Jersey Shore town trying not to lose the man vs. nature fight on its eroded beaches

North Wildwood has asked the state for emergency permission to build a steel bulkhead along the most heavily eroded section of its beachfront — something previously done in two other spots.

Associated Press

Jan 25, 2024, 12:59 PM

Updated 151 days ago

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NORTH WILDWOOD, N.J. (AP) — A New Jersey shore town locked in a legal battle with the state over tens of millions of dollars it has spent trying -- mostly in vain -- to hold back the ocean now is more vulnerable than ever.
A recent winter storm destroyed part of the sand dunes in North Wildwood, leaving tiny piles about the size of a child’s sand castle to protect a popular resort town with $2.5 billion worth of private property, and at least that much in government buildings and infrastructure.
New Jersey has fined the town $12 million for unauthorized beach repairs that it says could worsen erosion, while the city is suing to recoup the $30 million it has spent trucking sand to the site for over a decade.
While they wait for a judge to sort things out amid climate change that brings rising sea levels and more intense storms, North Wildwood’s plight is a stark reminder that in the man vs. nature battle, in the long run, nature usually wins.
“This is the most vulnerable we have ever been,” Mayor Patrick Rosenello said. “It doesn't even take a storm anymore to threaten us. On most regular high tides, the water comes up and through where this dune used to be.”
He walked along the beach where the surging surf punched a hole in the dunes, completely obliterating them for about 20 feet (6 meters). On either side, all that remained were sand piles that barely reached his knees. Elsewhere along the beachfront, dunes that had been about 18 feet (5.5 meters) high last summer were less than half that height — and much lower than that in numerous places.
Previously, the city said it has spent $21 million trucking in sand for emergency repairs to its beaches. That has since risen to $30 million, Rosenello said.
But trucking in sand is no longer an option, the mayor said, adding that erosion has created choke points along the beach that are too narrow to let dump trucks pass.
North Wildwood has asked the state for emergency permission to build a steel bulkhead along the most heavily eroded section of its beachfront — something previously done in two other spots.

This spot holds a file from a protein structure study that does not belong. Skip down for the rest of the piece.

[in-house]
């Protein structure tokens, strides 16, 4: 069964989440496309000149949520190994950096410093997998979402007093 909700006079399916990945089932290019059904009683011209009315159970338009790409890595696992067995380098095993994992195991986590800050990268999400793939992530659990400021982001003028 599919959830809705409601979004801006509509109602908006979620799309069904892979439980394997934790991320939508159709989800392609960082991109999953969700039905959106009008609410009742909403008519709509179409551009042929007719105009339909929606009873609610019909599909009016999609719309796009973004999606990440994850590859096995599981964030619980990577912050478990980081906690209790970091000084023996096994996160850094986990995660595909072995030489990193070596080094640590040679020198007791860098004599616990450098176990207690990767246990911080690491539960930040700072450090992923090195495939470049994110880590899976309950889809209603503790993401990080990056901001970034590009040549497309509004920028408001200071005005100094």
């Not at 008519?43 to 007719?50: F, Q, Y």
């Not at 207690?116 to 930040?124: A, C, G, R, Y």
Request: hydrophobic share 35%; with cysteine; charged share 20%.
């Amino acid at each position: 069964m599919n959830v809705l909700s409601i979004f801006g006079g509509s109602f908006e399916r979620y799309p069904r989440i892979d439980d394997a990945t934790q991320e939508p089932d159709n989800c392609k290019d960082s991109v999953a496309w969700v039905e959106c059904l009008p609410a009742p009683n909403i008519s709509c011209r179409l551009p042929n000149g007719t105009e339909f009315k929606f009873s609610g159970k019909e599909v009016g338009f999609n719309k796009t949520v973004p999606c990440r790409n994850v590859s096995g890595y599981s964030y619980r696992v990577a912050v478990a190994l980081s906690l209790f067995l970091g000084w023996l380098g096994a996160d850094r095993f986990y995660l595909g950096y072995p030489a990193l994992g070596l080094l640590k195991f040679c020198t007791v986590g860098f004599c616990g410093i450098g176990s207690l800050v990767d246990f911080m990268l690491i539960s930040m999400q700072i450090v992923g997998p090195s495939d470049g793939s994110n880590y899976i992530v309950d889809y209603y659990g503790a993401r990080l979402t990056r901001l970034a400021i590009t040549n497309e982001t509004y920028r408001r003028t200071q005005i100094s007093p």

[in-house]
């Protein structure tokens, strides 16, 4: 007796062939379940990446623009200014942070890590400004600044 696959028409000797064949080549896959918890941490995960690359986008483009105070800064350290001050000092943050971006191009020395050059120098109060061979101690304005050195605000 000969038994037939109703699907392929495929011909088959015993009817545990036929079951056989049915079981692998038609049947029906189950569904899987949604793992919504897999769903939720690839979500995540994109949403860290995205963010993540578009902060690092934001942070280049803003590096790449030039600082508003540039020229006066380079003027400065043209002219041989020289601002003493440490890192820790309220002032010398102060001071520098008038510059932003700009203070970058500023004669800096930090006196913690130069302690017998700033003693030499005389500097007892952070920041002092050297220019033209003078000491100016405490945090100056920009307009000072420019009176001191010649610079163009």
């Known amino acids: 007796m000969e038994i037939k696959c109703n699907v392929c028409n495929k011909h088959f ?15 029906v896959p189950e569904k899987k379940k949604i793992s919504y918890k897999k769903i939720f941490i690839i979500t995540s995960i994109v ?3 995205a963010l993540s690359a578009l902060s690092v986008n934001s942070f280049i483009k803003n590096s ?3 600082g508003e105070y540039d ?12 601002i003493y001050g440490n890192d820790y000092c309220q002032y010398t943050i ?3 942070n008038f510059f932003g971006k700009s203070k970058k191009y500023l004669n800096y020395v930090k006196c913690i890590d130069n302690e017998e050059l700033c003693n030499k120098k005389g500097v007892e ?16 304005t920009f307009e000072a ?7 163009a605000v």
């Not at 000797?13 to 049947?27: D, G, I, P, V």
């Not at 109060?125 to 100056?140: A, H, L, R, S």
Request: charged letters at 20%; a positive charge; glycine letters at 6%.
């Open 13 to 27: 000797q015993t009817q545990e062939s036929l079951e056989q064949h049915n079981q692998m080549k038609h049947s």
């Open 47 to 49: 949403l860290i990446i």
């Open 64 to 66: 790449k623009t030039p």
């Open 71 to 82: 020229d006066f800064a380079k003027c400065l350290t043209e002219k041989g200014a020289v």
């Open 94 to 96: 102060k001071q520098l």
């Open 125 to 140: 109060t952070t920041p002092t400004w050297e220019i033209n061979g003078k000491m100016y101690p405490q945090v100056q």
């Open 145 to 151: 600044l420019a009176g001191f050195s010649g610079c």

But the state Department of Environmental Protection has tended to oppose bulkheads as a long-term solution, noting that the hard structures often encourage sand scouring against them that can accelerate and worsen erosion.
The agency prefers the sort of beach replenishment projects carried out for decades by the U.S. Army Corps of Engineers, where massive amounts of sand are pumped from offshore onto eroded beaches, widening them and creating sand dunes to protect the property behind them.
Virtually the entire 127-mile (204-kilometer) New Jersey coastline has received such projects. But in North Wildwood, legal approvals and property easements from private landowners have thus far prevented one from happening.
Although the last two towns required to sign off on a sand replenishment project did so 11 months ago, the project still needs a final go-ahead. When it gets that, the work will probably take two years to complete, officials say.
On several occasions, North Wildwood carried out emergency repairs, including construction of an earlier bulkhead without approval from the state. Shawn LaTourette, New Jersey's environment protection commissioner, warned the town last July that unauthorized work could have more serious consequences if it continues, including potential loss of future shore protection funding.
LaTourette wrote that the city “has repeatedly engaged in destructive and illegal conduct in the name of tourism and, supposedly, public safety. This is wrongheaded and it must stop.”
The Department of Environmental Protection says heavy equipment moving sand around has weakened and reduced the height of the dunes, actually making things worse while destroying natural plants and animal habitat.
But North Wildwood sees itself as facing an existential threat with an unprotected coastline.
“Our fear is that there will be no more Wildwood,” said Maureen Lipert, who was out for a walk along the beach Monday. “All of North Wildwood could be wiped out if the water keeps coming over.”
“The water is going to hit our hotels and motels,” added another resident, Kim Milligan. “There's new homes being built here every day. Our homes are going to be ruined."
After Superstorm Sandy devastated the Jersey Shore in 2012, the Army Corps began a program to rebuild dunes along virtually the entire coastline. Numerous scientific studies found that oceanfront communities with dunes already protecting them fared much better during Sandy than those that did not.
Sand replenishment has been the government's go-to method of shore protection for decades. Critics say it's inherently wasteful to keep pumping sand ashore that will inevitably wash away. But Congress keeps appropriating money for such work, arguing it is effective in protecting lives and property, not to mention sustaining the crucial tourism industry.
Milligan, who lives several blocks inland from the ocean, only half-jokingly found a potential silver lining if the worst comes to pass in North Wildwood.
“I'll have beachfront access,” she said.


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